While the B-Mets mentioned have been great and have the potential to become stars, there are also some solid players on the team who could contribute in the near future. Lefty Jon Niese has a 3.05 ERA and a 1.29 WHIP in 82.2 innings. Nick Evans, who has already began his big league career (but is back at first base for the B-Mets), is hitting .304 in Double-A. Third-sacker Dan Murphy, blocked at his position by superstar David Wright, is hitting .321 with a 21:30 BB:K ratio. And finally, there is righty Tobi Stoner, who is originally from Germany. Besides his comical name, Stoner provides a good fastball and great command. Prior to his promotion, Stoner had walked only nine in 52 innings and had a 2.60 ERA in 52 innings for Single-A St. Lucie. In limited time in Double-A, the 23-year old has a 1.64 ERA. While you may hear the Mets farm system is completely depleted, there may be some hidden gems hiding in good ol’ Binghamton.


7 Responses to “The B-Team: Why the Team’s Future May Be in Binghamton”

  1. Comment posted by Gangstas get on the field on June 25, 2008 at 3:22 am (#739432)

    Man, I hope these guys can come in and contribute to the team.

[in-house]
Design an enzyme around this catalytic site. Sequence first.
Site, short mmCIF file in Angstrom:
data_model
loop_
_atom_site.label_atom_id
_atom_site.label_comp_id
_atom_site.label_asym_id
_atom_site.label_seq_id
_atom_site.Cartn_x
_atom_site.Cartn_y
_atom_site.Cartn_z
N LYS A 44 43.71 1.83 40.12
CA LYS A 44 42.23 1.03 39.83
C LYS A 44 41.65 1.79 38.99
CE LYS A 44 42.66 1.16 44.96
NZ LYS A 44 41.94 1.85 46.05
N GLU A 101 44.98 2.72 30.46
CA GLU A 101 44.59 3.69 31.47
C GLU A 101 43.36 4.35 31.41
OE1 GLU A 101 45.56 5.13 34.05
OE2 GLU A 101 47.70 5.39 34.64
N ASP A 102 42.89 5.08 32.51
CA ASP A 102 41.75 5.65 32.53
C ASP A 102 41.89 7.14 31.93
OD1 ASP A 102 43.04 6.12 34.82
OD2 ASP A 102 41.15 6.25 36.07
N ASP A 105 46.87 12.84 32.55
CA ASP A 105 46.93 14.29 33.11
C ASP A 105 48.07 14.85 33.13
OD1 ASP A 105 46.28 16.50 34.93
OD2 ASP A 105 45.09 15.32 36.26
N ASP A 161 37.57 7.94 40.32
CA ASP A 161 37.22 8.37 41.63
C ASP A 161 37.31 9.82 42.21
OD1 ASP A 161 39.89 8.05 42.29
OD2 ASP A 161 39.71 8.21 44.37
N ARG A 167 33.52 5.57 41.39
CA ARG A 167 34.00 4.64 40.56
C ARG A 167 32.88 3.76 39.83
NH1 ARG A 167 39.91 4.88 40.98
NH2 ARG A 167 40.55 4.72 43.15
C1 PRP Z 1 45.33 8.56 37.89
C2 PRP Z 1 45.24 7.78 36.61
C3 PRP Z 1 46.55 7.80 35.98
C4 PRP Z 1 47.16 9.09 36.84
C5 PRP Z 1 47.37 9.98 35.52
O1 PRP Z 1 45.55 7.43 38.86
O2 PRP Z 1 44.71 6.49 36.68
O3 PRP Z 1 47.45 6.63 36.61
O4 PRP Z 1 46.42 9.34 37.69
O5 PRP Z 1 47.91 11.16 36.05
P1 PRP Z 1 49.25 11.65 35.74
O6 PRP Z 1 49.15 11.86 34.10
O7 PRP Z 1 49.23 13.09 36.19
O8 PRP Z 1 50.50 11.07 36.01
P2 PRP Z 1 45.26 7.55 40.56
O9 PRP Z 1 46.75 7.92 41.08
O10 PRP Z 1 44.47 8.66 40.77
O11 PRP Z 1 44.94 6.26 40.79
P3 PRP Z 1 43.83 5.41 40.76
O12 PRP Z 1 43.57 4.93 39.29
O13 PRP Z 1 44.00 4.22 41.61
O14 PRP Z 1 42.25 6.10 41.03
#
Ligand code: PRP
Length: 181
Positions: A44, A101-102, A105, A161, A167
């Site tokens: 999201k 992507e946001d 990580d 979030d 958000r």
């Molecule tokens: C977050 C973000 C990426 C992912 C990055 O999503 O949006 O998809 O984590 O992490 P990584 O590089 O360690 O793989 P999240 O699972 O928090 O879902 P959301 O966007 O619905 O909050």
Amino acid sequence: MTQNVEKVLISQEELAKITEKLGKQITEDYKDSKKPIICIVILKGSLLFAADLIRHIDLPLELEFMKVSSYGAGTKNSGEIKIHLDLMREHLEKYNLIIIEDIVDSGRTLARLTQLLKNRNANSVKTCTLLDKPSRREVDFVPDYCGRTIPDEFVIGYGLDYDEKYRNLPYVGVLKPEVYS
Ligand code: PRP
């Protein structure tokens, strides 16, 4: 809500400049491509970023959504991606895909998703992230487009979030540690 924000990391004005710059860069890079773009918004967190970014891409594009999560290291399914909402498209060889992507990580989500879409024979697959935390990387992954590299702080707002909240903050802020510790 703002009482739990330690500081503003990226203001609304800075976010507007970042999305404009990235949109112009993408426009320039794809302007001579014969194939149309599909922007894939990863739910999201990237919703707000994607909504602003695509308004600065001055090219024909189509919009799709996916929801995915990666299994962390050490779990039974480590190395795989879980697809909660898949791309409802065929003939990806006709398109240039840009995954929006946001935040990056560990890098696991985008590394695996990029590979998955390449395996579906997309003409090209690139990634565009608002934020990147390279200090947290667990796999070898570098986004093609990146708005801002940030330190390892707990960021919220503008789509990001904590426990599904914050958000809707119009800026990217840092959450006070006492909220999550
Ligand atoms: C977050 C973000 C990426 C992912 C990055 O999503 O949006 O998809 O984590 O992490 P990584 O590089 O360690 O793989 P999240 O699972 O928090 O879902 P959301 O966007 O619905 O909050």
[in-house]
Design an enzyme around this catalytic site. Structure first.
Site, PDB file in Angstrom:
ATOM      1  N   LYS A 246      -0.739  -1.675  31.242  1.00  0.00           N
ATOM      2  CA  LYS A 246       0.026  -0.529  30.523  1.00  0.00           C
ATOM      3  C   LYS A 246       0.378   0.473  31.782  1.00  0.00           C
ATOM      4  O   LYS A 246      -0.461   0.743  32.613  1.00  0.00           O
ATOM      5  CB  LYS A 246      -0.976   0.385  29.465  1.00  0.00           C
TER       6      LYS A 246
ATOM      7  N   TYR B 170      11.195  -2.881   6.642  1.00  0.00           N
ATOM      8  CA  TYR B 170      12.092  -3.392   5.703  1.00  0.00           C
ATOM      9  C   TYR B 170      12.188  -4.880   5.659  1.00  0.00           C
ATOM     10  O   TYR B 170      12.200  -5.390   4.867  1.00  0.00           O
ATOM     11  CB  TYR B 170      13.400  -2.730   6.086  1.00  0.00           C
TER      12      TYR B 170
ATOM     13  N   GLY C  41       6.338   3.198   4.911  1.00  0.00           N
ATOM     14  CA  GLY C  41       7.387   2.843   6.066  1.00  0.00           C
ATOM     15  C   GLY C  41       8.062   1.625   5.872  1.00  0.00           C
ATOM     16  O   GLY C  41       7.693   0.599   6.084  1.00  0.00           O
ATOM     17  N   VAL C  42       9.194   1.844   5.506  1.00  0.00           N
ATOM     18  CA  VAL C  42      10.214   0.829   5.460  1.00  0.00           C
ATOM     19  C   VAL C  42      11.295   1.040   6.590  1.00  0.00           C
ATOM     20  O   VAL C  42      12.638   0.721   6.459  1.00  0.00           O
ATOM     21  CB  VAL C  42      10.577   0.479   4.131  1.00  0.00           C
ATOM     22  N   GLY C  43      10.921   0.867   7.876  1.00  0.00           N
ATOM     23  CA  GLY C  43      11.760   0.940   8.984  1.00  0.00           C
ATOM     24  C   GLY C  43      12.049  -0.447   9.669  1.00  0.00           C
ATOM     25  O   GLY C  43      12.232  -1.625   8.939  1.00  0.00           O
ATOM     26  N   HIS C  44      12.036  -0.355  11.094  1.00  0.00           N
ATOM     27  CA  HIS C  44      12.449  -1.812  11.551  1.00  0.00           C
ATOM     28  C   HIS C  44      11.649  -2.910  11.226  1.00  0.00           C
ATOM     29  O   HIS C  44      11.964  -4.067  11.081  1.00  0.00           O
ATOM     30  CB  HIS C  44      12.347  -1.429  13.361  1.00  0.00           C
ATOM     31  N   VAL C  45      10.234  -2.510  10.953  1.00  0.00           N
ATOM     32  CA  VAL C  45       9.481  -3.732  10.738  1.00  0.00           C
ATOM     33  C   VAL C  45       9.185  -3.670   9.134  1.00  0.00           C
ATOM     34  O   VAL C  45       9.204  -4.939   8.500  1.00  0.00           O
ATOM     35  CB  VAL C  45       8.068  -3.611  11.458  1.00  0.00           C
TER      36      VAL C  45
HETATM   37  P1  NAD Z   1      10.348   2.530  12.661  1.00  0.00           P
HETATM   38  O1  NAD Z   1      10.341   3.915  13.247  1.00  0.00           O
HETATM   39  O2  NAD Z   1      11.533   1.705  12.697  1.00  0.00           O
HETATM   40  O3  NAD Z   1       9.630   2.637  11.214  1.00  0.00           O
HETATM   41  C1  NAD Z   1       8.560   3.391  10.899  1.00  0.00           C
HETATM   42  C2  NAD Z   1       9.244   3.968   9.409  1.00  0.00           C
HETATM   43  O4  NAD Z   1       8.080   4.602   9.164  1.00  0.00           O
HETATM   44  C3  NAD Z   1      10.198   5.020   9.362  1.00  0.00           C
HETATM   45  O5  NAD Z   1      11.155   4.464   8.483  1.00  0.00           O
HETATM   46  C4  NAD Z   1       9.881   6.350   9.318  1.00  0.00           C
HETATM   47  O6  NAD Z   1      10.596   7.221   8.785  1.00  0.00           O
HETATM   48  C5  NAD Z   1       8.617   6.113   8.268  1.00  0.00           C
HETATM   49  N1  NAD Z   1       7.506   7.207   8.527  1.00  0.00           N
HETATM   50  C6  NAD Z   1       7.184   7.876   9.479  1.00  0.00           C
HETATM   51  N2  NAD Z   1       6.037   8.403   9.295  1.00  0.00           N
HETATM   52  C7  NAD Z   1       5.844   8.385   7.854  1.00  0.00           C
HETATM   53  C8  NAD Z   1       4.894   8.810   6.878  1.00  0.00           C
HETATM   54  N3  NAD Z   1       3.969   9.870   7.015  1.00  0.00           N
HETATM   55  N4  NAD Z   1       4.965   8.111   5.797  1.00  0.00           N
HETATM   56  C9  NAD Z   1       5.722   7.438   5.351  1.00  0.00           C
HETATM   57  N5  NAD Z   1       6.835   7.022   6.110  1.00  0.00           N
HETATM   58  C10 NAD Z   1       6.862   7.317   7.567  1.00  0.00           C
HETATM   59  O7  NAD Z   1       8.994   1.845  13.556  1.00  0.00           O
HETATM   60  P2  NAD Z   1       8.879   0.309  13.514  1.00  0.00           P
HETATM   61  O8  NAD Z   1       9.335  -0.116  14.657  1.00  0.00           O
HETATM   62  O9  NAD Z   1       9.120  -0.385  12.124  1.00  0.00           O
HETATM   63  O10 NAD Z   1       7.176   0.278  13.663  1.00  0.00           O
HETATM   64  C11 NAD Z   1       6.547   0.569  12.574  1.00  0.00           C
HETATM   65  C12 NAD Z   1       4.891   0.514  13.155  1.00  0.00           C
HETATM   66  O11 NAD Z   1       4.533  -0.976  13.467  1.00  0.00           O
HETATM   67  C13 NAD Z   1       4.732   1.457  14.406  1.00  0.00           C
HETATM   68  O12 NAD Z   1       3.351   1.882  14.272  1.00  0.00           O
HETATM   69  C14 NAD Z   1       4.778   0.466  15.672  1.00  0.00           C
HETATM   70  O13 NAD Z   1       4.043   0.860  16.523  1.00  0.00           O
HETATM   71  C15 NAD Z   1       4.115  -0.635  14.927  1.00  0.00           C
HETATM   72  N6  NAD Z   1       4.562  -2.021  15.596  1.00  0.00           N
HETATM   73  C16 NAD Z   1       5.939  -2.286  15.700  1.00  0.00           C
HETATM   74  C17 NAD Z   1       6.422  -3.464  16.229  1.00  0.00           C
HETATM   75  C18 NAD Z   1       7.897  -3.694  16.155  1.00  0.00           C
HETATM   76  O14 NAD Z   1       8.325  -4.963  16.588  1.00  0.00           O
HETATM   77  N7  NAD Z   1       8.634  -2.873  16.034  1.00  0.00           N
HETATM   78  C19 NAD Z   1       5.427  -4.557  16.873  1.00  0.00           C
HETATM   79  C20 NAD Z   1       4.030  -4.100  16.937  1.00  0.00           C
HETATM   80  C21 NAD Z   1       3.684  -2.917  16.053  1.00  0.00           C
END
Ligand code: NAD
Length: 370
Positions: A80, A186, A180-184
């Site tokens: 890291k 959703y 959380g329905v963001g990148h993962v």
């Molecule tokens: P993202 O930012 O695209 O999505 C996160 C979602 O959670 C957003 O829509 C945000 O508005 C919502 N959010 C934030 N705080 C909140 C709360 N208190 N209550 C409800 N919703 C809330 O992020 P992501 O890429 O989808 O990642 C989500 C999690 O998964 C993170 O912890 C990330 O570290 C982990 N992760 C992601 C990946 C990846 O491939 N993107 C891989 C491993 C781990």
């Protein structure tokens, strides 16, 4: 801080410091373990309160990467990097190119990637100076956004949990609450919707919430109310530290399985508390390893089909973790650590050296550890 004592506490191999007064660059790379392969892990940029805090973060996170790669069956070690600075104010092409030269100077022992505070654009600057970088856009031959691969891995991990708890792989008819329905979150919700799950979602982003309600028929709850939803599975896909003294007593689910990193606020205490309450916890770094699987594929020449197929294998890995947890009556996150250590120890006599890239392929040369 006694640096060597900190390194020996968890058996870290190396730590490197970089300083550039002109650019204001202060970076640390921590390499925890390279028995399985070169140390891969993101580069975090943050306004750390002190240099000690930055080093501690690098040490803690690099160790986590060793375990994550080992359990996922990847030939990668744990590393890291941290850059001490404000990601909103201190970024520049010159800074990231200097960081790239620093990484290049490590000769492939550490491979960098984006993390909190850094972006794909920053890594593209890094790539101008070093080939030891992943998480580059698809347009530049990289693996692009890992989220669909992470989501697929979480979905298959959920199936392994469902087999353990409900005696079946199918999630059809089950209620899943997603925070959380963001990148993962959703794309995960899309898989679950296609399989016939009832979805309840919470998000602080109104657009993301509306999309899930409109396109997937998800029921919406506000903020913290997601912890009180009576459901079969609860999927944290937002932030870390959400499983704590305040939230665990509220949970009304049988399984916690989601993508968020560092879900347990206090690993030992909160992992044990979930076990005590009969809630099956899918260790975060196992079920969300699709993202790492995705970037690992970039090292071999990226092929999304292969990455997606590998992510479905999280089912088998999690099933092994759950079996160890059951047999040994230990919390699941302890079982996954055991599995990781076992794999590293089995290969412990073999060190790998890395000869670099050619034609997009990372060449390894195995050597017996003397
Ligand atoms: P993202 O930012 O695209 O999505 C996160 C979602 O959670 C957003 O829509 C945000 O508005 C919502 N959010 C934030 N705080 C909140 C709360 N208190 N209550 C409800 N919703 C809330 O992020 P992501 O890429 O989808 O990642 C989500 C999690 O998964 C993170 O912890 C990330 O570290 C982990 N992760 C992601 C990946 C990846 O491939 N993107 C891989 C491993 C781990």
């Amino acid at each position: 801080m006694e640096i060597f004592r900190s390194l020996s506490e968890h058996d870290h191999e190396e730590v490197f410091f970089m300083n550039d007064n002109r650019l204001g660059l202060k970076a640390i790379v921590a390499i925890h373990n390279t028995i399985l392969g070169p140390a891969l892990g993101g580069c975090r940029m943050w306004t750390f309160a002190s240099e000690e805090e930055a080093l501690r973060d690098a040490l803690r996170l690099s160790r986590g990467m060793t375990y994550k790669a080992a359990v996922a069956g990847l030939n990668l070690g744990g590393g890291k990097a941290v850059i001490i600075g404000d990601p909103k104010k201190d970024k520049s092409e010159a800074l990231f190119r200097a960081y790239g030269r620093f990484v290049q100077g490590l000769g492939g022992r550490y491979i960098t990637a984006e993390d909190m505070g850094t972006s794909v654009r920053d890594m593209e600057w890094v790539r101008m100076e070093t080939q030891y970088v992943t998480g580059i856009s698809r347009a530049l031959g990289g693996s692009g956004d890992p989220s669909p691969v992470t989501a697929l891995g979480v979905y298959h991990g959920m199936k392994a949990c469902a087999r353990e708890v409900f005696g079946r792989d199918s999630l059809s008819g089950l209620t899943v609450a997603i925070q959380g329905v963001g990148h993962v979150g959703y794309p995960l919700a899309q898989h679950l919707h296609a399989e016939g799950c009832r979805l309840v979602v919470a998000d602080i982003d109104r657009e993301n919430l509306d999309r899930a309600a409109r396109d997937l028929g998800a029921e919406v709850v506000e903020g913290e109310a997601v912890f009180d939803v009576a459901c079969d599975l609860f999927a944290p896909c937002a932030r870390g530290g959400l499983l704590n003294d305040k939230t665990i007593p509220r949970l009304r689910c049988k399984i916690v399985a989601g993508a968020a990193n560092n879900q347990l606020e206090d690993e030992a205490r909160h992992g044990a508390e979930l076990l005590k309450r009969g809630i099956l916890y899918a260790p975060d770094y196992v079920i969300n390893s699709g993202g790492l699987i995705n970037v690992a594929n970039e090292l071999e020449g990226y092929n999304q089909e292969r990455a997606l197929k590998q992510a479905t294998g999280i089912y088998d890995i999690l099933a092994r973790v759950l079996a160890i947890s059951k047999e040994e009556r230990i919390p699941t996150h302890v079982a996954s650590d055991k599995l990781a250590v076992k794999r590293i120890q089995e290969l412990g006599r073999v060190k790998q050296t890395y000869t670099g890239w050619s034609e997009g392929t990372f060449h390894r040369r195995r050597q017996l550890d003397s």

2. Comment posted by Eli on June 25, 2008 at 11:05 am (#739718)

    With the NY Mets sucking horribly, we must look for optimism anywhere we can find it. There is very little cause for that when one views the the New Orleans roster – many in their late 20’s and early to mid thirties that might provide at best, a serviceable replacement for a few games. The B’Mets give some reason for hope, but I think Pat, you are being a bit too hopeful – in particular, with Kunz. If we want a reliever that can’t hit the strike zone, we can always put Ollie in the bullpen :) Nevertheless, the B’Mets are our best bets for maintaining some baseball sanity.

  3. Comment posted by madisonmetsfan on June 25, 2008 at 12:34 pm (#739881)

    Not sure of the point of this article. The analysis of the players’ skills is superficial, and site regulars are already familiar with these guys.

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  5. Comment posted by John Peterson on June 25, 2008 at 2:07 pm (#739968)

    Can’t have something groundbreaking and novel every day, Madison. I’m sure there are some people for whom this was an interesting and revealing article. Good work, Pat.

    Personally, I doubt very much that any of the players mentioned with be stars in the major leagues. Ask me why sometime.

  6. Comment posted by Dave in Spain on June 25, 2008 at 3:57 pm (#740239)

    Kunz, who throws similarly to Joe Smith,

    Meaning pitching philosophy or motion? Smith is a side-armer/submariner, and I thought Kunz was a normal fastballer…

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  8. Comment posted by Alex Nelson on June 25, 2008 at 4:01 pm (#740256)

    Kunz throws from a higher armslot, but it is pretty low.

  9. Comment posted by griffyusc on June 26, 2008 at 2:43 am (#740865)

    how can you talk abou Alou missing games as a Met when Fernando has probably missed more games then Alou has